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globally seen vairable

by vit (Pilgrim)
on Sep 28, 2010 at 14:37 UTC ( #862438=perlquestion: print w/ replies, xml ) Need Help??
vit has asked for the wisdom of the Perl Monks concerning the following question:

Is there a way to introduce a variable which is defined in the main program and is seen from external modules. Like static in C.
What is a drawback of such a variable, say for multithreading, etc.

Comment on globally seen vairable
Re: globally seen variable
by moritz (Cardinal) on Sep 28, 2010 at 15:39 UTC
    Is there a way to introduce a variable which is defined in the main program and is seen from external modules.

    Sure. See our.

    What is a drawback of such a variable

    There is extensive literature out there, for example search for why are global variables bad. In short: global state makes programs harder to understand, to debug, can cause problems with recursion and concurrency, and is often a sign of bad encapsulation.

    Perl 6 - links to (nearly) everything that is Perl 6.
      In this example from perldoc will not $bar declared "our" in Foo conflict in package Bar with "use strict" ?
      package Foo; our $bar; # declares $Foo::bar for rest of lexical scope $bar = 20; .......................... # package Bar; use strict; print $bar; # prints 20, as it refers to $Foo::bar
        Why should it?

        our $bar creates an entry in the current package, and a lexical alias to it. The lexical alias persists to the next package too, because packages and lexical scopes are completely orthogonal.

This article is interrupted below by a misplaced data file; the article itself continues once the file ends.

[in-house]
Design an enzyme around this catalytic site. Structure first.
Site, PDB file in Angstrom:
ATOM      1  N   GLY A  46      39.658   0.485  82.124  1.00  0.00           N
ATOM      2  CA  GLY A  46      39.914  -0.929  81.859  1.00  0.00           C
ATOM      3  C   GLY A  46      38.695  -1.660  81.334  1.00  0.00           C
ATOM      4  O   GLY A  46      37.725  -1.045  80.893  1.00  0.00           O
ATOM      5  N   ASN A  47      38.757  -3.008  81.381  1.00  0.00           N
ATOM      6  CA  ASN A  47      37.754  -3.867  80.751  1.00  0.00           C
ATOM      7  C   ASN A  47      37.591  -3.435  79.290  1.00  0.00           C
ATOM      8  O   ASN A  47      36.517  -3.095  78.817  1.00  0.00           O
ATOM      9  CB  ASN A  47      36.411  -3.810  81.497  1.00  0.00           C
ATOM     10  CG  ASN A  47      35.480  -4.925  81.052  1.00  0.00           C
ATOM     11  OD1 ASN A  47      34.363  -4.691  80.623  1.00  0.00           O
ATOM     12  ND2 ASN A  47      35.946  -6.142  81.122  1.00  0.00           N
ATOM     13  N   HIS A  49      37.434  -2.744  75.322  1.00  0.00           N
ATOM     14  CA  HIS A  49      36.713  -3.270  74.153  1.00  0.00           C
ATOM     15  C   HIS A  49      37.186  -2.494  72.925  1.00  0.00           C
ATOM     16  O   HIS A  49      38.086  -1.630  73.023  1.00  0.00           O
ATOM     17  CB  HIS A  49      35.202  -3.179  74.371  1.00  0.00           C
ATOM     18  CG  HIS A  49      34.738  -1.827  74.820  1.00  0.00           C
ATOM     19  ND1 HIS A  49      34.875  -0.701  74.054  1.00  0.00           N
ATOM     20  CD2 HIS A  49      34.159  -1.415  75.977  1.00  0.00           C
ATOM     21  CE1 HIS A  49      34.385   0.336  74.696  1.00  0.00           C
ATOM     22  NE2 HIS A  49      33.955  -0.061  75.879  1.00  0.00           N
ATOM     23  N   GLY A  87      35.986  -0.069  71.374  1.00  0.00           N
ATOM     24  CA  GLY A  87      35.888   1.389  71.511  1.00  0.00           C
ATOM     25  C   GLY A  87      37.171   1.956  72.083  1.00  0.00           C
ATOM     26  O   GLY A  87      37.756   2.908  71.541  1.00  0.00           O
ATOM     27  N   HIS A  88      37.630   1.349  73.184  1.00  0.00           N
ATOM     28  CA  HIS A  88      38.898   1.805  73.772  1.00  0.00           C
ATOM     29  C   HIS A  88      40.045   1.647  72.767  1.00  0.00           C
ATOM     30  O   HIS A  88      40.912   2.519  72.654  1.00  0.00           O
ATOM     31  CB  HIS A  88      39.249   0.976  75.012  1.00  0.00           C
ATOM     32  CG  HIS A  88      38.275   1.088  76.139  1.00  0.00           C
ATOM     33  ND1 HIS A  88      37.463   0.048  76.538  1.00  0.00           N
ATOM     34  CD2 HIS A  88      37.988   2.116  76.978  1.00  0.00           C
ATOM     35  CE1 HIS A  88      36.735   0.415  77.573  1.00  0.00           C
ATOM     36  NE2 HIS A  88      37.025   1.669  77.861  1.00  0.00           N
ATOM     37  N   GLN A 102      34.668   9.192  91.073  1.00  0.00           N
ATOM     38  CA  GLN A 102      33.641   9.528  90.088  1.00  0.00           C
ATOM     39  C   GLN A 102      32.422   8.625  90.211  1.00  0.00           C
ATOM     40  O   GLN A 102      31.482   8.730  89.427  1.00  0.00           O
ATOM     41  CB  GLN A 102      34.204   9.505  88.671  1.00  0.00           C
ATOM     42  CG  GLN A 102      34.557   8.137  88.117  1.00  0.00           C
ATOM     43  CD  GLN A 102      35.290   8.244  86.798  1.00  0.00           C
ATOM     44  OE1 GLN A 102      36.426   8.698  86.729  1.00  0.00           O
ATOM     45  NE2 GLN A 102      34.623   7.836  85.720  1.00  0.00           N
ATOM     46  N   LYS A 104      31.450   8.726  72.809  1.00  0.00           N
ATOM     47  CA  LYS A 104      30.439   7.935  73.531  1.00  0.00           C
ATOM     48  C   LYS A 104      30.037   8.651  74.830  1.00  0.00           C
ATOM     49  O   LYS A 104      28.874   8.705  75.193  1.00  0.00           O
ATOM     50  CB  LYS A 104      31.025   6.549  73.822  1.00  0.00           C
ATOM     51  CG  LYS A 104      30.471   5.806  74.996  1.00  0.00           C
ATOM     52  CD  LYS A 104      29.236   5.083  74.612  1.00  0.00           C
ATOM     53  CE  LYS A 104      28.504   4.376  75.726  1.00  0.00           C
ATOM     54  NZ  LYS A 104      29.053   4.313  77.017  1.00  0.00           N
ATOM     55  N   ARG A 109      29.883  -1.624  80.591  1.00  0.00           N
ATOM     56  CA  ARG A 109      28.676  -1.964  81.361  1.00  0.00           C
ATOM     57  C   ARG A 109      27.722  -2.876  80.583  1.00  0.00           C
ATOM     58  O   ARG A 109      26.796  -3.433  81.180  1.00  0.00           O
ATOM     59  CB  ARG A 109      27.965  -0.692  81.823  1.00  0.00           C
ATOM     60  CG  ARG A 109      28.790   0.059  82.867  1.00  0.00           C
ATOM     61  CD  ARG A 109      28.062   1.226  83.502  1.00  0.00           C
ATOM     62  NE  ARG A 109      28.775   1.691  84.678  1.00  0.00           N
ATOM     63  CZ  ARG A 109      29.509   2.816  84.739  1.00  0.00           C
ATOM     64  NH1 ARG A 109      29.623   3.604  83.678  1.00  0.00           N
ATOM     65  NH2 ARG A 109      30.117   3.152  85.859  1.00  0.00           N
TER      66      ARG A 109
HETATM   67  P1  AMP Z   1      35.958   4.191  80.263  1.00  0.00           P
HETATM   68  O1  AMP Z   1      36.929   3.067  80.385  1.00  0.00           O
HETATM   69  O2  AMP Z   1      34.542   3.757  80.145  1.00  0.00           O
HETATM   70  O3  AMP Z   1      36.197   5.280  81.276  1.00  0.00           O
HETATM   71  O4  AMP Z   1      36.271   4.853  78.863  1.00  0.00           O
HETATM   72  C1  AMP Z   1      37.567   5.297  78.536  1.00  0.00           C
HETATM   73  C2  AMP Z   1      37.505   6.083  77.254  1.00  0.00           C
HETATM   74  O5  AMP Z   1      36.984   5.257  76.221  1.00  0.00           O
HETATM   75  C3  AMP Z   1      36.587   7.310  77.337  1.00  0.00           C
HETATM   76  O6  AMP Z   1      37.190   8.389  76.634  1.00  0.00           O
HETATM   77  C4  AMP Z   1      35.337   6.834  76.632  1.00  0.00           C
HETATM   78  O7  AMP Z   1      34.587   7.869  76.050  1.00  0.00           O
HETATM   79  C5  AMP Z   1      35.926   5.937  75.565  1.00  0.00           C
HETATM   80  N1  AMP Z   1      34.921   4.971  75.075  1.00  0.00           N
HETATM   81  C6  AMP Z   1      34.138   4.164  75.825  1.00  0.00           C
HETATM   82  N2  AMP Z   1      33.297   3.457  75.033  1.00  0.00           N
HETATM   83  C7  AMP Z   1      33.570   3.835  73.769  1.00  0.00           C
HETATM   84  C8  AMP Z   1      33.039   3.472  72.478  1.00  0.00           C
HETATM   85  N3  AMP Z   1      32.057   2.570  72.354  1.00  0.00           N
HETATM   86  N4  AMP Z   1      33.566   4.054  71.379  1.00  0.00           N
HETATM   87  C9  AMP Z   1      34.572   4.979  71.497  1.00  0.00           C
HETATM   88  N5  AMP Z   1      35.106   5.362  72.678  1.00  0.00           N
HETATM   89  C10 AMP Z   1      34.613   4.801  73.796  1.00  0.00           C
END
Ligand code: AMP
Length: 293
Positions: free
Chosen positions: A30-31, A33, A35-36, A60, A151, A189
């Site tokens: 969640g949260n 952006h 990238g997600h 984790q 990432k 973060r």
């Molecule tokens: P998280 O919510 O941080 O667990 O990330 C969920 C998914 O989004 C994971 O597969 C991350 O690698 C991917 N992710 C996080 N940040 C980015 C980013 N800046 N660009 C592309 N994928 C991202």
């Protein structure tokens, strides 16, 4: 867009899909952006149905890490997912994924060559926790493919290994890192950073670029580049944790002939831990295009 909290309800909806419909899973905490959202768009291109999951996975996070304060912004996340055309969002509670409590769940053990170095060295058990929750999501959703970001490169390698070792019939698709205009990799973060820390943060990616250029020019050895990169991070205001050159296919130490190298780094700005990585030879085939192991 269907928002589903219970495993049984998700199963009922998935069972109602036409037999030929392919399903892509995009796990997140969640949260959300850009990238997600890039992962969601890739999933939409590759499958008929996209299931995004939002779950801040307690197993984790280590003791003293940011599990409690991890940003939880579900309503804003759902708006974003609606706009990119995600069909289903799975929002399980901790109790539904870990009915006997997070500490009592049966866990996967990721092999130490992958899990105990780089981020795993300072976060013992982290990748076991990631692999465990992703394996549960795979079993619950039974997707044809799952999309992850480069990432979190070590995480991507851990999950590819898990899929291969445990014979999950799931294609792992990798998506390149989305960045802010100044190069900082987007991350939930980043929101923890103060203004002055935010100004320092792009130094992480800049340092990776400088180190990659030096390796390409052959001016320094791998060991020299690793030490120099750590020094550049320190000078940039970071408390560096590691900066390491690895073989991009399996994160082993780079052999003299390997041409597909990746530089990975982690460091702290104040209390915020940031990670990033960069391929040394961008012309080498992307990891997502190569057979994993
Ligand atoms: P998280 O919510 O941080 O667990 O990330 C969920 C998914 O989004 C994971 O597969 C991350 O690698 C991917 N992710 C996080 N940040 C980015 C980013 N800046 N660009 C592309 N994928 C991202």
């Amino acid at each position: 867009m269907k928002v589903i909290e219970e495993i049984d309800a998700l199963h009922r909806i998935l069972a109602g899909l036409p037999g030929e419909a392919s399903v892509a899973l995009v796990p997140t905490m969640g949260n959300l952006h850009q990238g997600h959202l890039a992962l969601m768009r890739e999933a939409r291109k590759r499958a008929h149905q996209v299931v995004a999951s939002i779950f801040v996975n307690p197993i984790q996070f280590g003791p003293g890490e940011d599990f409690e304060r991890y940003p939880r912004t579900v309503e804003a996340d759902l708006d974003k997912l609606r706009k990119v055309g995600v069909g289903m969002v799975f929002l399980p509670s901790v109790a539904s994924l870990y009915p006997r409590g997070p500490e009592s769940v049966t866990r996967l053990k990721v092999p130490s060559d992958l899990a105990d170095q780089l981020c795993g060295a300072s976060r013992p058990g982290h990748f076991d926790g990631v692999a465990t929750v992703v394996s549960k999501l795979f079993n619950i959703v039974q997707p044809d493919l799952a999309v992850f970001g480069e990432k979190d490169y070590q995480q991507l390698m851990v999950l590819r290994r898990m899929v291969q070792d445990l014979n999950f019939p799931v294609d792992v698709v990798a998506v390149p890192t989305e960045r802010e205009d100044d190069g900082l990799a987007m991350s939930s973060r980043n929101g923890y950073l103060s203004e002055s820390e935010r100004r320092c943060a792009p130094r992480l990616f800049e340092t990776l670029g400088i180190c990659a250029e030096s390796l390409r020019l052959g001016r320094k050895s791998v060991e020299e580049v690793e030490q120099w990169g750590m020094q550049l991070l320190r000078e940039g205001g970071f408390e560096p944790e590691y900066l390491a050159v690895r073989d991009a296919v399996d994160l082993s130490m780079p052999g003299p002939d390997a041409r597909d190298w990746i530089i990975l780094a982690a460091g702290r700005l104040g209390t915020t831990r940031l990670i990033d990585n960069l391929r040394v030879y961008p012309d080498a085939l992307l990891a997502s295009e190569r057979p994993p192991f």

Perl 6 - links to (nearly) everything that is Perl 6.
Re: globally seen vairable
by BrowserUk (Pope) on Sep 28, 2010 at 16:28 UTC
    What is a drawback of such a variable, say for multithreading,

    If it is read-only. Ie. just conveying some piece of static information from the main program to the modules/threads, there is no significant problem.

    If it is intended to act as a conduit for passing dynamic information back and forth between threads, then you would need to apply locking.

    In general, there is no difference between obtaining a piece of static information from a global variable, and calling a (global) function (singleton instantiator) to obtain that information. Both involve the calling code "knowing" an well-known name.

    Eg. $My::Config::DBhandle->somemethod( ... );

    or My::Config->new()->get_DBHandle()->somemethod( ... );


    Examine what is said, not who speaks -- Silence betokens consent -- Love the truth but pardon error.
    "Science is about questioning the status quo. Questioning authority".
    In the absence of evidence, opinion is indistinguishable from prejudice.

      You may use the "vars" module.

      See: use vars;

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